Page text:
However, whenever you invest, the more you can contribute and the earlier you can contribute, the greater chance your investment has of growing. Always keep track of your investments and ensure you are reaching your key goals. But do resist the urge to keep looking at your investment’s performance, reviewing on an annual basis is a good measure.
Planning for all circumstances
As always, expect the unexpected – or at least plan for it to a reasonable extent. Forced early retirement, health issues, family circumstances, having to care for others – all of these and more can mean you might have to reassess how you’re saving for retirement, as well as when you might actually retire. Consider taking out insurance relevant to your circumstances. For example, life cover and income protection.
James de Sausmarez, Head of Investment Trusts, Janus Henderson comments: “It’s great to see that women are making the decision to invest earlier than men, and it certainly gives hope that the industry is making some headway in helping close the gender savings gap.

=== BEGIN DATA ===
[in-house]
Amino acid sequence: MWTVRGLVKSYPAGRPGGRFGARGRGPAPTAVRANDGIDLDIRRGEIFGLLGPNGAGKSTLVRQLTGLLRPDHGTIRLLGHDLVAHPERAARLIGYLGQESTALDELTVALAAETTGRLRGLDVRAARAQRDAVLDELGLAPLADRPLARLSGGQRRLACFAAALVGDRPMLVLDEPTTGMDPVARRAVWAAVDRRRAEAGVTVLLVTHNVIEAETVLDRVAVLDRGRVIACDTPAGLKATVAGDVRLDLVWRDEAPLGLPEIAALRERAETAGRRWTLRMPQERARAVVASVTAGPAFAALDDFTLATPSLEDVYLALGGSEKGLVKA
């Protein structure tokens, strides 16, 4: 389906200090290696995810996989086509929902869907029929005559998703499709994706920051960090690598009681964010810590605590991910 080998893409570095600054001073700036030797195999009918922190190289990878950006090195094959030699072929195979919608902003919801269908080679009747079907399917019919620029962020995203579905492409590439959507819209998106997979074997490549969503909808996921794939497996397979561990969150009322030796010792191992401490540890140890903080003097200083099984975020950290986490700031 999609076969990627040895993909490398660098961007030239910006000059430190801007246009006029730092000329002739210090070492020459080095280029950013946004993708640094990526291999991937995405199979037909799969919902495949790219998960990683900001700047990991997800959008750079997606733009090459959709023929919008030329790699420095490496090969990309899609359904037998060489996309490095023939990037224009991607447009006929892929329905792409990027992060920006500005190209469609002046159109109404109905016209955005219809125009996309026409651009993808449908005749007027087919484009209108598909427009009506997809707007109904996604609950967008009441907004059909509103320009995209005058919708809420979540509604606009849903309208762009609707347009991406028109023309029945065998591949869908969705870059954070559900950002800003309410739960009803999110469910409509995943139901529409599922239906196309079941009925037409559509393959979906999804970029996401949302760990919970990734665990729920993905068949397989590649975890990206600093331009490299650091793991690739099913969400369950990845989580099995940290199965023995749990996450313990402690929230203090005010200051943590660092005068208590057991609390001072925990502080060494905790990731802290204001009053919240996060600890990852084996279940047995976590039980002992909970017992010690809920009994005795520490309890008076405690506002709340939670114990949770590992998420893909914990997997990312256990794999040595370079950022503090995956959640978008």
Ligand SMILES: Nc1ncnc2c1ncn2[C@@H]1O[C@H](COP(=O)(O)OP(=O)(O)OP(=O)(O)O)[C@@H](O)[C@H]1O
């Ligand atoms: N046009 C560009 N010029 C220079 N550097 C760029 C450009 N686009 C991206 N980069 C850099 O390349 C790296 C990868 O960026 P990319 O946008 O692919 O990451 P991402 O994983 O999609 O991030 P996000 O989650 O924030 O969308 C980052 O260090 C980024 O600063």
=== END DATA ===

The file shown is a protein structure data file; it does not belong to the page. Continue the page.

The majority of those surveyed cited a lack of spare cash as the primary reason they didn’t start investing earlier, which is particularly poignant in the current context of rising living costs. Young investors are right to prioritise building up a cash pot and reducing ‘bad’ debt, but investing doesn’t have to be about large chunks of capital. At the heart of the issue is financial education – it’s crucial that first-time investors understand that the first pound invested is in many ways the most important one because starting that process as early as possible, regardless of how much or how little money it involves, is the first step towards achieving that goal of ensuring a comfortable retirement.